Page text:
Kuni is described as speaking standard Japanese fluently and having a pale face “like a Kokeshi doll.”

Uniting most of the domestic episodes is Hatsu, whose family is from a farming and fishing village. Hatsu, described as “not attractive,” does have “good teeth,” a wide mouth, and a strong jaw. “And though Raikichi hadn’t seen her naked, her bust, according to daughter Mutsuko, was “better than Marilyn Monroe’s.” At this point the maids still wear kimono, though a switch to western dress takes place after the war. They all speak dialects when they first arrive, not standard Japanese, and are often incomprehensible to Raikichi, and Sanko. During the war, which is barely mentioned here (with no mention at all regarding the atomic bombs), the Chikura family, like Tanizaki himself, moves from Katsuyama to other houses in Atami and Kyoto, and while some of the maids go with them, some must return to their families to help with the work there. Hatsu proves to be an expert at bartering for rice during the war, and new maids arrive. One, Kuni, speaks standard Japanese fluently and has a pale face “like a Kokeshi doll.”

Takamine Hideko, a famous movie star, is the obvious model for Takane Hidako, for whom one maid works.

Takamine Hideko, a famous movie star, is the obvious model for Takane Hidako, for whom one maid works here.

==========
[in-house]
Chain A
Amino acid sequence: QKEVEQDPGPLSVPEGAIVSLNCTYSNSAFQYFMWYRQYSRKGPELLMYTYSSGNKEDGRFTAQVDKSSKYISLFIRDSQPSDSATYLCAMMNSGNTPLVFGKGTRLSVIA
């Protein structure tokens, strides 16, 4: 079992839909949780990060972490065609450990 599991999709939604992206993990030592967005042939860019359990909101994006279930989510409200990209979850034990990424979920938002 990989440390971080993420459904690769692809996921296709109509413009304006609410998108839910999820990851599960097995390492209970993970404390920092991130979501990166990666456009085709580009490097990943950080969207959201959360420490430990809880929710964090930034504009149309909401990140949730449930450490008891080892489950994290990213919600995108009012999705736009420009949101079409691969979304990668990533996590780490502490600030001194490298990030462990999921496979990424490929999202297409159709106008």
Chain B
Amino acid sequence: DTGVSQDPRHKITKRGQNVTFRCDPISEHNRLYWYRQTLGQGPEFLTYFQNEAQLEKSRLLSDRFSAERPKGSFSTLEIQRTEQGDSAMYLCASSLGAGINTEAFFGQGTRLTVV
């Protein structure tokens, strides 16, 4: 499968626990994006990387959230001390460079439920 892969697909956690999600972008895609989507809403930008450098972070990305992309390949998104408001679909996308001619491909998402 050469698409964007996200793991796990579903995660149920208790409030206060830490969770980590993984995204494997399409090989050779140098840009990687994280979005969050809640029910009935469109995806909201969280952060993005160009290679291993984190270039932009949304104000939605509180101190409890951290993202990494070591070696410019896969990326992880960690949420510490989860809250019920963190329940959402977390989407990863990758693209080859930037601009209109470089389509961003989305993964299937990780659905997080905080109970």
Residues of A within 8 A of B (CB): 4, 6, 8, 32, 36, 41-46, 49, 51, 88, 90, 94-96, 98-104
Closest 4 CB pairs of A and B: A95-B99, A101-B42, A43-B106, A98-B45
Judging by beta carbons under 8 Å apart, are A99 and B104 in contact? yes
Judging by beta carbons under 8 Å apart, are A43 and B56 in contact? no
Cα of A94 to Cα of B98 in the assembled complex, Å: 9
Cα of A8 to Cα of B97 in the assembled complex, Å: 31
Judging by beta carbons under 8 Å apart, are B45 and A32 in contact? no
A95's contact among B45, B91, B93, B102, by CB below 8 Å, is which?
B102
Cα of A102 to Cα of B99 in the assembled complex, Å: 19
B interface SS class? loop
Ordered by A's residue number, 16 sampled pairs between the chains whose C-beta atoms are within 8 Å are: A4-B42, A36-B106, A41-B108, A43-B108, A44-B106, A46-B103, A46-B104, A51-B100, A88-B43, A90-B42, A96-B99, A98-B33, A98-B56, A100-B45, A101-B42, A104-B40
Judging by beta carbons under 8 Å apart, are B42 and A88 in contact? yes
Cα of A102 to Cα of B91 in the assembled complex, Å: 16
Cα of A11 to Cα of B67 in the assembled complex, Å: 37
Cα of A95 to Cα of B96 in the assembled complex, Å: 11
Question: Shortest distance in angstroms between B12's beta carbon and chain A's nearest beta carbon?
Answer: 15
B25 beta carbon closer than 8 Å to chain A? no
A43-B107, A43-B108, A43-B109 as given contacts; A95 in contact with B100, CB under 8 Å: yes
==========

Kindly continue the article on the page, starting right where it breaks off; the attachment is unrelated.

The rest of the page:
Following the war, a number of the maids return home to seek marriages, and the love story of a maid named Gin, her boyfriend Mitsuo, and a rival for his affections, Yuri (Lily), unfolds here in detail. Tanizaki uses this opportunity to describe issues of gambling addiction, how families and friends respond to it to try to save the victims, trial marriages, and even, eventually, a maid getting a job with a famous movie star and becoming arrogant. Despite all these episodes, the “novel” feels more sociological than dramatic.  There is no real plot. The three novels I have already read by Tanizaki – Some Prefer NettlesA Cat, A Man, and Two Women and Devils in Daylight reflect Tanizaki’s high awareness of drama and how to create and develop it through plotting, along with his psychological astuteness, his dark and ironic humor, and even his eroticism.  In this novel, which was published in installments in a Japanese newspaper in 1962, his purpose seems to have been, instead, to seize the opportunity to talk to his readers about the changes to Japanese society that he has noted over the past twenty-five years. While this is often intriguing and even fascinating, new readers to Tanizaki will want to start with one of the other Tanizaki novels previously reviewed on this site to get the real flavor of his writing.